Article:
While "OS was longer for patients receiving PCR-negative stem cells, with 72% of patients surviving to 70 months in the group receiving PCR-negative harvests vs. 48% in the group transplanted with contaminated precursors," this discrepancy was "not statistically significant," study data indicated. "Ex vivo purging caused a reduction of contamination of up to 3 logs; nevertheless, 80% of purged harvests remained PCR-positive and the purging procedure did not alter response or survival rates."

"Thus, the failure of a predictive role for this highly sensitive molecular method could be explained by the assumption that in vivo persisting malignant cells are the true source of relapse in MM," the researchers concluded.

Galimberti and coauthors published the results of their study in the British Journal of Haematology (Peripheral blood stem cell contamination evaluated by a highly sensitive molecular method fails to predict outcome of autotransplanted multiple myeloma patients. Br J Haematol, 2003;120(3):405-412).


The novel synthetic retinoid AHPN/CD437 triggers a rapid, but incomplete apoptotic response in human myeloma cells.
Article prepared by Cancer Weekly editors from staff and other reports.
©Copyright 2003 Cancer Weekly via NewsRx.com

According to a recent study from France, AHPN/CD437 "appears to possess an apoptotic activity superior to classical retinoids in vitro as in vivo."

"Numerous studies have shown that CD437-induced apoptosis is independent of its nuclear receptor activity, suggesting that CD437 might have a unique mechanism of action," explained B. Joseph and coauthors at the Institut de Recherches sur le Cancer, who conducted a study to "compare CD437- and all-trans retinoic acid (atRA)-induced cell death."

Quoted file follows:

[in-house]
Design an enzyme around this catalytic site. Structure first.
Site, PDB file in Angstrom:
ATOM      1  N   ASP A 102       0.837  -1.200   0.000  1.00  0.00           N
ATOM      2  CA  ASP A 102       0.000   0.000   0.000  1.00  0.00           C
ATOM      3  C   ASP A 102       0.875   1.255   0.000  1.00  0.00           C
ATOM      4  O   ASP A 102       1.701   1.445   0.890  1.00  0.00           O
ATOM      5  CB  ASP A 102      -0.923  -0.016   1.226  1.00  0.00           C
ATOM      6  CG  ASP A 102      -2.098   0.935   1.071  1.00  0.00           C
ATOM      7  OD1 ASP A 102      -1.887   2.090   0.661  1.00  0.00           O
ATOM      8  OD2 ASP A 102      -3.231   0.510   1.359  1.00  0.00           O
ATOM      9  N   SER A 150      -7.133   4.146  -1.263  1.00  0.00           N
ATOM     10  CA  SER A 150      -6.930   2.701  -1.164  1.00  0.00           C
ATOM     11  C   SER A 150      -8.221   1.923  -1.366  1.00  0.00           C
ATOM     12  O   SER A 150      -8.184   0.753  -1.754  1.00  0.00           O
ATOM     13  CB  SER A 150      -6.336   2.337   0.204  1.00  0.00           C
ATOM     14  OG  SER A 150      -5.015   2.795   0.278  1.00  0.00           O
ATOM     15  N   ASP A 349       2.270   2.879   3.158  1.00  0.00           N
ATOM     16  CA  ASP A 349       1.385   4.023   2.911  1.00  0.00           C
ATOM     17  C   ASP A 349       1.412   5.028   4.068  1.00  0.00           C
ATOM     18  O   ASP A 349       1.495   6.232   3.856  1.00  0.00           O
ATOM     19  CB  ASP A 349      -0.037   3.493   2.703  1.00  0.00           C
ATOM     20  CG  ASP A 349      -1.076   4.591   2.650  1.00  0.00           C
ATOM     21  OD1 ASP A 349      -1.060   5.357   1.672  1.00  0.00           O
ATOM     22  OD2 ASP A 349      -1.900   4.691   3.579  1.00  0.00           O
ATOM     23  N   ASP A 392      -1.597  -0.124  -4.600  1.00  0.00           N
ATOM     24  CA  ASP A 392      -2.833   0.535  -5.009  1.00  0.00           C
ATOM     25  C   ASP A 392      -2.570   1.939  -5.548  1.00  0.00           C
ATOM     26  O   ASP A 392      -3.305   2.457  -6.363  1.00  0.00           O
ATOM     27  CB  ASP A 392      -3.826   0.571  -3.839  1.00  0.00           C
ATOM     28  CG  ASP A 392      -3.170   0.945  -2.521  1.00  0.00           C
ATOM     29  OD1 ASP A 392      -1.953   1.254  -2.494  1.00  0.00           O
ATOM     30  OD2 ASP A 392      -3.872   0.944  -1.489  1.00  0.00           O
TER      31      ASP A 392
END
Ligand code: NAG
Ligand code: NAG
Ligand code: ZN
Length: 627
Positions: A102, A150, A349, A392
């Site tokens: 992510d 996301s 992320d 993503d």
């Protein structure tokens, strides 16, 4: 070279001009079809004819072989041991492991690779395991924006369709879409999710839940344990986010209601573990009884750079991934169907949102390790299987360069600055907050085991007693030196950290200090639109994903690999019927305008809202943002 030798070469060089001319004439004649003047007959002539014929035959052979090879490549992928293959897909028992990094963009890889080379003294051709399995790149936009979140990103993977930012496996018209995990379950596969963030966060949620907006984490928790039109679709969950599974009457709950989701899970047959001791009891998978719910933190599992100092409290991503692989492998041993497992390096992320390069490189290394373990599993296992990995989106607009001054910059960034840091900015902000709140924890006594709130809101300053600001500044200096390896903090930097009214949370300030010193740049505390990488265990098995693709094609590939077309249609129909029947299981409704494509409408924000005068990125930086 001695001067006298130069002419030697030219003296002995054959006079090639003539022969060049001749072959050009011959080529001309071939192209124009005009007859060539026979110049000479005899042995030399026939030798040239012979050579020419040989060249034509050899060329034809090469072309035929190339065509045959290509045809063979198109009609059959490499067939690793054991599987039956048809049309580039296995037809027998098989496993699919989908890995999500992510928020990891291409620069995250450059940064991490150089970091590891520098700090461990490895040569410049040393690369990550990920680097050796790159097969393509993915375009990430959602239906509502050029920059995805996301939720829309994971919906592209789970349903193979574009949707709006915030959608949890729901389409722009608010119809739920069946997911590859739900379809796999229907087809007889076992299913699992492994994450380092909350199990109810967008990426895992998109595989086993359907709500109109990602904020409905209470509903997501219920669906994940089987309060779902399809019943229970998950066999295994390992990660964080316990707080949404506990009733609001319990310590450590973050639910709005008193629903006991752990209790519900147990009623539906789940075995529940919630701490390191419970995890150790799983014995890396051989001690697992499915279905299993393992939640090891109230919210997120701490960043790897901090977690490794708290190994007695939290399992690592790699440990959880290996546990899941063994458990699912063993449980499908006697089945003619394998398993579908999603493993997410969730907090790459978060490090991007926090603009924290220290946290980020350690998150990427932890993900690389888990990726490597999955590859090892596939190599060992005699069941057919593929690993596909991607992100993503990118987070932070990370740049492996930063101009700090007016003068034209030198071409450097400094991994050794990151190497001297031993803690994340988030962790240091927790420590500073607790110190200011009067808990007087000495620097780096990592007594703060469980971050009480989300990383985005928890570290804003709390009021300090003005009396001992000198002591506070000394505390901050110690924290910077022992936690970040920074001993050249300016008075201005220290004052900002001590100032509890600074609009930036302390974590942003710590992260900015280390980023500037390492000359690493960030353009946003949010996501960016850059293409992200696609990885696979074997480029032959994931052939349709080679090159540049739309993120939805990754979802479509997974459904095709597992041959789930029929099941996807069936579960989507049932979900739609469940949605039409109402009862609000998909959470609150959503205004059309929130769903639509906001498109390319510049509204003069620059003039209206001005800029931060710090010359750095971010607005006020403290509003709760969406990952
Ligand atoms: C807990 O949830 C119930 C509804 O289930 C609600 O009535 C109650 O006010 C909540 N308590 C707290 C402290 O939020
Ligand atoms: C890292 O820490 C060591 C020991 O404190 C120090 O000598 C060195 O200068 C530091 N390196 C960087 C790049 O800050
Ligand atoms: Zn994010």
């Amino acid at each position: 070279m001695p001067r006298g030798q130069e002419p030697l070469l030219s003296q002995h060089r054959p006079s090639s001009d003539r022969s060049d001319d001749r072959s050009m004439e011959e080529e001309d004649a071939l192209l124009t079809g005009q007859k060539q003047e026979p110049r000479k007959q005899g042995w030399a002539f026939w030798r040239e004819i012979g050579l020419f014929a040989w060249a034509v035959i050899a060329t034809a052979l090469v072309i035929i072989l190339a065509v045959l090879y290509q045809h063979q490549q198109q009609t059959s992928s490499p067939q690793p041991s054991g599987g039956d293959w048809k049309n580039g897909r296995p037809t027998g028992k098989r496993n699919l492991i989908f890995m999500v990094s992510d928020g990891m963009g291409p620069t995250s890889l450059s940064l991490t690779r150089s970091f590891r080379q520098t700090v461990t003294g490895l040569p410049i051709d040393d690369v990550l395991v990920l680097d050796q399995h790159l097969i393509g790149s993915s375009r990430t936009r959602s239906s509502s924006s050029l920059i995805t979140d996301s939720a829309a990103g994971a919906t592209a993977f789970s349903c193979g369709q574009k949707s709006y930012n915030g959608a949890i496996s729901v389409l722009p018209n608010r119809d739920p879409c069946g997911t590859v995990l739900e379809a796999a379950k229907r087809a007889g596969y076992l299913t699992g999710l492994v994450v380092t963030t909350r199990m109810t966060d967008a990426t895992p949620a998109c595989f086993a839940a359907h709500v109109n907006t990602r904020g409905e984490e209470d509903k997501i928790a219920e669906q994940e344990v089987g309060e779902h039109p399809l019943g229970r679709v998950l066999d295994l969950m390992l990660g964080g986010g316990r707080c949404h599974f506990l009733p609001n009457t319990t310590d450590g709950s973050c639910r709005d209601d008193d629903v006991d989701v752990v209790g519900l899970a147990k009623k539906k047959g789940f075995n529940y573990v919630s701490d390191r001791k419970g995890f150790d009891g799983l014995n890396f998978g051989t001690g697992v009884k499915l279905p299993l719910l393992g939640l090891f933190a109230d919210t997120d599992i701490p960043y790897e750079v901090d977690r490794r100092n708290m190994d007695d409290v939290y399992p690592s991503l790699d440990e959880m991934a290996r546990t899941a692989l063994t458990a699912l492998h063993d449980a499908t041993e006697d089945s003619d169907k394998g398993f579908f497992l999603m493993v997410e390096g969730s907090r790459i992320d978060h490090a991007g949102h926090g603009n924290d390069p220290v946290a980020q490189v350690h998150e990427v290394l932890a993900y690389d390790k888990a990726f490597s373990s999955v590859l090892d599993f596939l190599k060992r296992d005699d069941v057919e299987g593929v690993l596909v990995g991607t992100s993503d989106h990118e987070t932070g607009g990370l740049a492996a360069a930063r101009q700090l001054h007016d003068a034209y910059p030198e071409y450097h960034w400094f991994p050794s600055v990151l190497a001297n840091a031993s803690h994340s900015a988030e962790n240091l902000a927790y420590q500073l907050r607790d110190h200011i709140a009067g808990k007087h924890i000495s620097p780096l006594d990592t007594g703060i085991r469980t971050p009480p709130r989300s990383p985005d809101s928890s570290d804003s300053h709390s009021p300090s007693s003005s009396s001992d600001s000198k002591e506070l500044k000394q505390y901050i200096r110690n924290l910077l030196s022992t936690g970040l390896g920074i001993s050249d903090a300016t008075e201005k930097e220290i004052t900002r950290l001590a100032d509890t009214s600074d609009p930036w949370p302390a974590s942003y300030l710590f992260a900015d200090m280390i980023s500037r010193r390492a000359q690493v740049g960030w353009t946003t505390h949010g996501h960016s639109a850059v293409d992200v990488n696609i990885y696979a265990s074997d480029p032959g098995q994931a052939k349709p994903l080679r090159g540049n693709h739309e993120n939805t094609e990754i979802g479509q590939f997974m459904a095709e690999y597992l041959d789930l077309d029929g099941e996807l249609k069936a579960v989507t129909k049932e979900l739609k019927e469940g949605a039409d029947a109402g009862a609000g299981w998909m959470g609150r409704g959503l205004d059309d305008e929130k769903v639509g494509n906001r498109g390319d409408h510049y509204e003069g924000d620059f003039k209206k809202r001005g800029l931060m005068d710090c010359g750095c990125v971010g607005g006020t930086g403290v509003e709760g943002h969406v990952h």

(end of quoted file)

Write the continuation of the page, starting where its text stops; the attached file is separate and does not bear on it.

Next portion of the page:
"CD437 provoked a rapid apoptotic phenotype immediately followed by secondary necrosis in RPMI 8226, U266 and L363 human myeloma cell lines," they found. "Nuclear apoptotic features were observed upon both CD437 and atRA treatments."

However, "membrane blebbing and the subsequent formation of apoptotic bodies, a classical apoptotic event, was only observed upon atRA treatment," study results indicated. "In addition, CD437, contrary to atRA, was unable to induce tissue transglutaminase (tTG), an intracellular enzyme involved in the formation of cross-linked protein polymers contributing to apoptotic morphological changes."

"Taken together, these data suggest that CD437 induces rapid but incomplete apoptotic phenotype in human myeloma cells," the researchers concluded.

Joseph and colleagues published their study in Biochimica Et Biophysica Acta - Molecular Cell Research (The novel retinoid AHPN/CD437 induces a rapid but incomplete apoptotic response in human myeloma cells. Bba-mol Cell Res, 2003;1593(2-3):277-282).